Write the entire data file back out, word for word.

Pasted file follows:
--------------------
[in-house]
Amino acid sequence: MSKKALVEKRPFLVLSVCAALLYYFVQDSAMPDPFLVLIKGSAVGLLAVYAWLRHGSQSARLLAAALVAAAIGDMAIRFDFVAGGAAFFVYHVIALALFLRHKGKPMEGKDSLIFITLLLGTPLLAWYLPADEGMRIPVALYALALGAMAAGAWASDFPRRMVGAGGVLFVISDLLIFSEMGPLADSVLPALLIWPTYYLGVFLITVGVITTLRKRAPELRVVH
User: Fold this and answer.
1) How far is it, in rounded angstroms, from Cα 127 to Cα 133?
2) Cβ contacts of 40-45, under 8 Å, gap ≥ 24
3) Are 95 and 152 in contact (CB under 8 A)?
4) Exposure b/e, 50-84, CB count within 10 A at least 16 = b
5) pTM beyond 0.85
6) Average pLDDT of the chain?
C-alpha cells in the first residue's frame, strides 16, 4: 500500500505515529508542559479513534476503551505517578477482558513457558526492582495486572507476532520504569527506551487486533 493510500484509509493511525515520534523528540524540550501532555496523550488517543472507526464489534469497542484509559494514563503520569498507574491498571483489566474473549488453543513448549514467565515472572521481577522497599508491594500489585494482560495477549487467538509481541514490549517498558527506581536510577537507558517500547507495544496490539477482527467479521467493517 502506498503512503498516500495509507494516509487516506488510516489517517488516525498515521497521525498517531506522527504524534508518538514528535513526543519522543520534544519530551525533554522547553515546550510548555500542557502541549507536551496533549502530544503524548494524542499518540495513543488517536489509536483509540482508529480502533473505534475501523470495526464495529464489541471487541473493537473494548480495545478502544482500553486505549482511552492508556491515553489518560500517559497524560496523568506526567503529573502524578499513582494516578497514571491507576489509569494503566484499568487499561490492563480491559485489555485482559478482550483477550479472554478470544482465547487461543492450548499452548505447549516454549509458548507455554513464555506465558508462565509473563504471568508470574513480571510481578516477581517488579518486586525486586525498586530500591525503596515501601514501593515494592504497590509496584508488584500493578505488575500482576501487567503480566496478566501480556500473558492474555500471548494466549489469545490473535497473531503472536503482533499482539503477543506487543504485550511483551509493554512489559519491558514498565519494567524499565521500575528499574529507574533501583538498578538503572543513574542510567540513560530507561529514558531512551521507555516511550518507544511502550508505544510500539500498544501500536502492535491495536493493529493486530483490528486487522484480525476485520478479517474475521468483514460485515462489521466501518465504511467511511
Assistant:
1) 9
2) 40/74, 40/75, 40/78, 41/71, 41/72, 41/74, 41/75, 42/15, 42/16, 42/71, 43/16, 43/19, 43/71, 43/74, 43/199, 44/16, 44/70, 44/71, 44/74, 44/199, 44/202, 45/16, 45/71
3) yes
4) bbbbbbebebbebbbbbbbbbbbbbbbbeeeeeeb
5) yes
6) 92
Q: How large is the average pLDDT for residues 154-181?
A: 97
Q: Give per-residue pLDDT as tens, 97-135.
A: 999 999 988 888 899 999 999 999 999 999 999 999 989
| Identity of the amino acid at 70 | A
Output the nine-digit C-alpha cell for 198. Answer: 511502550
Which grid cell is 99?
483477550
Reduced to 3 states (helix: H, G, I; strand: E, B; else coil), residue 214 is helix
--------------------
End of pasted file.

[in-house]
Amino acid sequence: MSKKALVEKRPFLVLSVCAALLYYFVQDSAMPDPFLVLIKGSAVGLLAVYAWLRHGSQSARLLAAALVAAAIGDMAIRFDFVAGGAAFFVYHVIALALFLRHKGKPMEGKDSLIFITLLLGTPLLAWYLPADEGMRIPVALYALALGAMAAGAWASDFPRRMVGAGGVLFVISDLLIFSEMGPLADSVLPALLIWPTYYLGVFLITVGVITTLRKRAPELRVVH
User: Fold this and answer.
1) How far is it, in rounded angstroms, from Cα 127 to Cα 133?
2) Cβ contacts of 40-45, under 8 Å, gap ≥ 24
3) Are 95 and 152 in contact (CB under 8 A)?
4) Exposure b/e, 50-84, CB count within 10 A at least 16 = b
5) pTM beyond 0.85
6) Average pLDDT of the chain?
C-alpha cells in the first residue's frame, strides 16, 4: 500500500505515529508542559479513534476503551505517578477482558513457558526492582495486572507476532520504569527506551487486533 493510500484509509493511525515520534523528540524540550501532555496523550488517543472507526464489534469497542484509559494514563503520569498507574491498571483489566474473549488453543513448549514467565515472572521481577522497599508491594500489585494482560495477549487467538509481541514490549517498558527506581536510577537507558517500547507495544496490539477482527467479521467493517 502506498503512503498516500495509507494516509487516506488510516489517517488516525498515521497521525498517531506522527504524534508518538514528535513526543519522543520534544519530551525533554522547553515546550510548555500542557502541549507536551496533549502530544503524548494524542499518540495513543488517536489509536483509540482508529480502533473505534475501523470495526464495529464489541471487541473493537473494548480495545478502544482500553486505549482511552492508556491515553489518560500517559497524560496523568506526567503529573502524578499513582494516578497514571491507576489509569494503566484499568487499561490492563480491559485489555485482559478482550483477550479472554478470544482465547487461543492450548499452548505447549516454549509458548507455554513464555506465558508462565509473563504471568508470574513480571510481578516477581517488579518486586525486586525498586530500591525503596515501601514501593515494592504497590509496584508488584500493578505488575500482576501487567503480566496478566501480556500473558492474555500471548494466549489469545490473535497473531503472536503482533499482539503477543506487543504485550511483551509493554512489559519491558514498565519494567524499565521500575528499574529507574533501583538498578538503572543513574542510567540513560530507561529514558531512551521507555516511550518507544511502550508505544510500539500498544501500536502492535491495536493493529493486530483490528486487522484480525476485520478479517474475521468483514460485515462489521466501518465504511467511511
Assistant:
1) 9
2) 40/74, 40/75, 40/78, 41/71, 41/72, 41/74, 41/75, 42/15, 42/16, 42/71, 43/16, 43/19, 43/71, 43/74, 43/199, 44/16, 44/70, 44/71, 44/74, 44/199, 44/202, 45/16, 45/71
3) yes
4) bbbbbbebebbebbbbbbbbbbbbbbbbeeeeeeb
5) yes
6) 92
Q: How large is the average pLDDT for residues 154-181?
A: 97
Q: Give per-residue pLDDT as tens, 97-135.
A: 999 999 988 888 899 999 999 999 999 999 999 999 989
| Identity of the amino acid at 70 | A
Output the nine-digit C-alpha cell for 198. Answer: 511502550
Which grid cell is 99?
483477550
Reduced to 3 states (helix: H, G, I; strand: E, B; else coil), residue 214 is helix